Stevia rebaudiana cultivation

Today in Gardenprue we are going to talk about stevia or Stevia rebaudiana . Tropical plant of Guaraní origin from the area of ​​Paraguay whose properties are, if not infinite, numerous. Its cultivation is prohibited in Europe due to alleged contraindications of doubtful veracity, it has generated a reaction in society in recent years that seeks to promote its cultivation. If you want to discover it, keep reading.




There will be many who already know it but I imagine that it will be unknown to many others, although lately it has begun to gain strength since there is a large controversy on the part of governments, large food and pharmaceutical companies about its properties. In 2011 the EU allowed the use of the extract as a sweetener. In fact, it can already be found in supermarkets as such. But that is not where the true properties are. Although it is true that the sweetening power is very powerful, (its glucoside has up to 300 times the sweetening power of sugar), what is truly amazing is not this compound but the proven properties that its consumption in fresh or dried in infusion presents.

The Stevia rebaudiana is native to the area Guarani Paraguay. Let us remember that the Guaraní culture is the one that possesses the most phytotherapeutic knowledge. They take it as a natural sweetener. Its name is due to Pedro Jaime Esteve who found it in Paraguay and Ovidio Rebaudi who was the one who discovered the glycoside responsible for its sweetening power.


The main one is its sweetening power without caloric intake. This is the only property that large industries are exploiting. But consumed fresh or in infusion also …

Regulates blood sugar in the vast majority of type II diabetics and in a large number of type I. It stimulates the activity of the pancreas, regulates blood pressure, regulates the digestive system, is beneficial for people with anxiety, suitable for lose weight, reduce fat, have antioxidant and diuretic properties, it is capable of resetting the feeling of unbalanced hunger in many people with anxiety to eat, achieving a feeling of fullness much earlier. Fresh, recommended for cavities due to its antibacterial and antifungal action.


We fill a pot with fertilized peat and water until soaked

Plant a  10cm shoot of Stevia (removing 2 or 3 leaves from the bottom) in the peat and press the peat to ensure firm contact with the substrate. It is recommended to plant directly. If you can’t, keep it in a glass of water.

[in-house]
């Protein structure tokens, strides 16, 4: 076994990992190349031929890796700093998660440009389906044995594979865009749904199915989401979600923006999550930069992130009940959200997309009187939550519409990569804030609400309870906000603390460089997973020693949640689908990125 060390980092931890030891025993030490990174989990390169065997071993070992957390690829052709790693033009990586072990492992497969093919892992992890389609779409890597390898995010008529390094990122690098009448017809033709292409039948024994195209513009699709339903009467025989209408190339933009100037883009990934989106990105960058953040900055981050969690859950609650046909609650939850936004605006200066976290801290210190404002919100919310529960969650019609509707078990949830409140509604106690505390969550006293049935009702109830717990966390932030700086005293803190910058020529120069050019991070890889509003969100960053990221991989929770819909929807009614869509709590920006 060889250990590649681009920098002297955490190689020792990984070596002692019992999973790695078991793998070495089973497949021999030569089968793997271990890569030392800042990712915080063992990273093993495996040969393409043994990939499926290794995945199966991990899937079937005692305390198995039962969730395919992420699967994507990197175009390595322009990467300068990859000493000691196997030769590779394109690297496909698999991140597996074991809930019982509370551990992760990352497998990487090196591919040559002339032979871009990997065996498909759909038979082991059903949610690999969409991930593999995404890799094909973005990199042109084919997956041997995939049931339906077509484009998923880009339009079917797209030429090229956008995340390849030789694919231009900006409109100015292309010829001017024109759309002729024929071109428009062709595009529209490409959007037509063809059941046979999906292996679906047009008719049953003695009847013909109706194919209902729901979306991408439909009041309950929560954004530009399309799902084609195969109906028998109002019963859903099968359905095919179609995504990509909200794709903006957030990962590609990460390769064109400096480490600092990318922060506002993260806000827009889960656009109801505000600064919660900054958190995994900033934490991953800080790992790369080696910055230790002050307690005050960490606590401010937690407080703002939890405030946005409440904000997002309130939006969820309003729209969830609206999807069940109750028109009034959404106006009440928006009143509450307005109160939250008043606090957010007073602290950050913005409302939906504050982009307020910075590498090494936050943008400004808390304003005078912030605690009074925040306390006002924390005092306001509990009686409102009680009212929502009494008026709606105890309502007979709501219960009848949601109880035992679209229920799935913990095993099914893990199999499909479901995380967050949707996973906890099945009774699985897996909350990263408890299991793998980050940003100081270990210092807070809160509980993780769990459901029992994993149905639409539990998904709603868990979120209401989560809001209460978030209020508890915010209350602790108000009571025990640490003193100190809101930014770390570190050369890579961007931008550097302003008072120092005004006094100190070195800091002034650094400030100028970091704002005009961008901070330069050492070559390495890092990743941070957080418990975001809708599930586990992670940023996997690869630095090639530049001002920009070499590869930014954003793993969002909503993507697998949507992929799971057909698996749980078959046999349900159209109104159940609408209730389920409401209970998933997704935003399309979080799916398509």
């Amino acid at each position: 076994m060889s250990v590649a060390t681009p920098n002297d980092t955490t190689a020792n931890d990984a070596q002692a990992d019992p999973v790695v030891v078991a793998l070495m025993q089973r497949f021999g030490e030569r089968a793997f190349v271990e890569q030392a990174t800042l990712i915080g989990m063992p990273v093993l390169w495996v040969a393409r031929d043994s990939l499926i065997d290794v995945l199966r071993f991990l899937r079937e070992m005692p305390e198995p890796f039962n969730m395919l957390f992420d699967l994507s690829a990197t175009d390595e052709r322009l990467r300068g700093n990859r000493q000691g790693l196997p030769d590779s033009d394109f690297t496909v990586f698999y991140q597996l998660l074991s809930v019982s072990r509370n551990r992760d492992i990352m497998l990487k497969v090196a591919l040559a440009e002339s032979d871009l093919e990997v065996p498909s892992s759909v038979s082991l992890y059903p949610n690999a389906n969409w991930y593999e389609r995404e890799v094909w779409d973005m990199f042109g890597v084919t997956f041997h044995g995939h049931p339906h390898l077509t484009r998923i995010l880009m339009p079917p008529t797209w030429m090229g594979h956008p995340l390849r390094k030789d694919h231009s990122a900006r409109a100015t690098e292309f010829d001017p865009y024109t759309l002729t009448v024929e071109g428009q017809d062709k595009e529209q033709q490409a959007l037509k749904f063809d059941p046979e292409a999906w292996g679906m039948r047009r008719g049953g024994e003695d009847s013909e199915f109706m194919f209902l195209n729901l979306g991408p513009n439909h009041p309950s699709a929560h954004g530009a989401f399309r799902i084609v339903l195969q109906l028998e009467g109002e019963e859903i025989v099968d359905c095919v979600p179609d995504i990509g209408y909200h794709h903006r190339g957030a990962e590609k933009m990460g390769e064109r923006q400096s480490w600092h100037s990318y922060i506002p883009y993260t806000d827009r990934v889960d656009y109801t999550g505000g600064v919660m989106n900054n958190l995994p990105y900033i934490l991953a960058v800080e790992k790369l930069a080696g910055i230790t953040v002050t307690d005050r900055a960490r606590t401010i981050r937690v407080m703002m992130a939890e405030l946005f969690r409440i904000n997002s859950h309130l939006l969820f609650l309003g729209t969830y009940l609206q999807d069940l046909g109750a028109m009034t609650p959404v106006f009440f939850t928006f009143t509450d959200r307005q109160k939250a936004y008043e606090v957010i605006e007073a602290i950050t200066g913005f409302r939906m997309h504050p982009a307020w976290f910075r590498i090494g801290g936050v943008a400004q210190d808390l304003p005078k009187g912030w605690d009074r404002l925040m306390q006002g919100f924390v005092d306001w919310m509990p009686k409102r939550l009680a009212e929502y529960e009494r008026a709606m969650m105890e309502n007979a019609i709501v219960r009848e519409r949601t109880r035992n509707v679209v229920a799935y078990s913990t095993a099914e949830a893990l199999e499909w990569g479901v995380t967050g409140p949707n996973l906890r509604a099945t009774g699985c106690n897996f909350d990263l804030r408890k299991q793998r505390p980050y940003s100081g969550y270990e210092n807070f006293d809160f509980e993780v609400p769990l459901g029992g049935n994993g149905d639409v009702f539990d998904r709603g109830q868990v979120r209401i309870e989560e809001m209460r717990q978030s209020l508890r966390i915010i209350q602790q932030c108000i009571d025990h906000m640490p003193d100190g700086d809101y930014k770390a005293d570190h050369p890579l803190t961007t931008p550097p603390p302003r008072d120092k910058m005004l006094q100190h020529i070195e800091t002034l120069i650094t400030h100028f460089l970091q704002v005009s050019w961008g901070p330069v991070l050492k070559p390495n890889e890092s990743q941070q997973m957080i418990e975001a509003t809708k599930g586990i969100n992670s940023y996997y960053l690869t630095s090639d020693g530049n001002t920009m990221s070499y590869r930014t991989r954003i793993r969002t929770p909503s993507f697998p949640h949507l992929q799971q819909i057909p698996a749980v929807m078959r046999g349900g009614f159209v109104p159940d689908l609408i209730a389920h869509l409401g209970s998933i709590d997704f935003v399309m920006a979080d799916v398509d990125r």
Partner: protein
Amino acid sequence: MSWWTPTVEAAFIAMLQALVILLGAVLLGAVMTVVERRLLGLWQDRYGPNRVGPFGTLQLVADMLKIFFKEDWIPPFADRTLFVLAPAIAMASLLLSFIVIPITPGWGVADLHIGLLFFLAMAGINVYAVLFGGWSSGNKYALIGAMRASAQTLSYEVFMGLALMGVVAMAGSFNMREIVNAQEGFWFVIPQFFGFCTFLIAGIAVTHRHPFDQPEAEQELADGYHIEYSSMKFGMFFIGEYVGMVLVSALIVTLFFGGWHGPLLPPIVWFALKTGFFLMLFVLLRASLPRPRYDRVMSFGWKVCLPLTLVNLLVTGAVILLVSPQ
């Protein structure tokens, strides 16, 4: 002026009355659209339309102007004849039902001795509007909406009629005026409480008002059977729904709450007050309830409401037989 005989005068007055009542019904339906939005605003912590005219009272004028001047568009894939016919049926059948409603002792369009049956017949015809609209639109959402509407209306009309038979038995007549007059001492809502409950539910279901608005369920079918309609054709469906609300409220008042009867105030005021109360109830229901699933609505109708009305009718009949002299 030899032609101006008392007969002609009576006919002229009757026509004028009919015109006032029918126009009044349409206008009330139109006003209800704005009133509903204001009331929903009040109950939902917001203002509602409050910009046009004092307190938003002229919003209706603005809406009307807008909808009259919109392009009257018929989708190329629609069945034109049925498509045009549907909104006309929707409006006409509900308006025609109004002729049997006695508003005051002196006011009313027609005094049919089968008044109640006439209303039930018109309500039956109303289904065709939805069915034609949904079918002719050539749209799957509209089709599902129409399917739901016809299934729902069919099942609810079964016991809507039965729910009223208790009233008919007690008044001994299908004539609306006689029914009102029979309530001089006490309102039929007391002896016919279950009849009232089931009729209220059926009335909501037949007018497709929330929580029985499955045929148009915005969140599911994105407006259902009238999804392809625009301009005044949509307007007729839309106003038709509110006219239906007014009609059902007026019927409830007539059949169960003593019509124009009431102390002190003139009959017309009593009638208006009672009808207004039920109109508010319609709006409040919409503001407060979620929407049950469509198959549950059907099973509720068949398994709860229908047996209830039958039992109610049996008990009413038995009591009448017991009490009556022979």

For it to begin to root we have to flee from the sun so leave it in a shady place and water it 3 times a day.

Approximately a month, the Stevia will begin to become erect, and when new leaves begin to come out then we move it to a place with more sun. At this point is when we leave the abundant watering going only to a watering in the morning. The frequency of irrigation in summer should be practically daily. In autumn and spring the frequency of watering will be every time we notice that the soil is not wet. In the winter season, water very little to prevent the roots from rotting. These will sprout again in the spring.

Two months after the transplant of the outbreak, we transplanted the definitive site. If it is going to be a large pot to promote its maximum development.

Come autumn, when it starts to have flowers and the growth decreases, we cut it to 10cm in height and the leaves that we remove can be dried for infusion. Without much direct contact with the sun. They can be dried little by little at home.


You can make both organic and mineral fertilizer. Be careful with the latter, excess can negatively affect the plant. It is applied once a month from the second month after transplantation. It should have a higher proportion of potassium than phosphorus and nitrogen. If it is organic, one application a year in early spring will suffice. If it is potted, add more peat.

As treatments against whitefly or aphids, use garlic extracts or other products allowed in organic farming for this purpose. With the presence of caterpillars, it is not necessary to apply anything unless it is very abundant, in which case it will be treated with Bacillus thuringiensis preparations .

Leave a Reply

Your email address will not be published. Required fields are marked *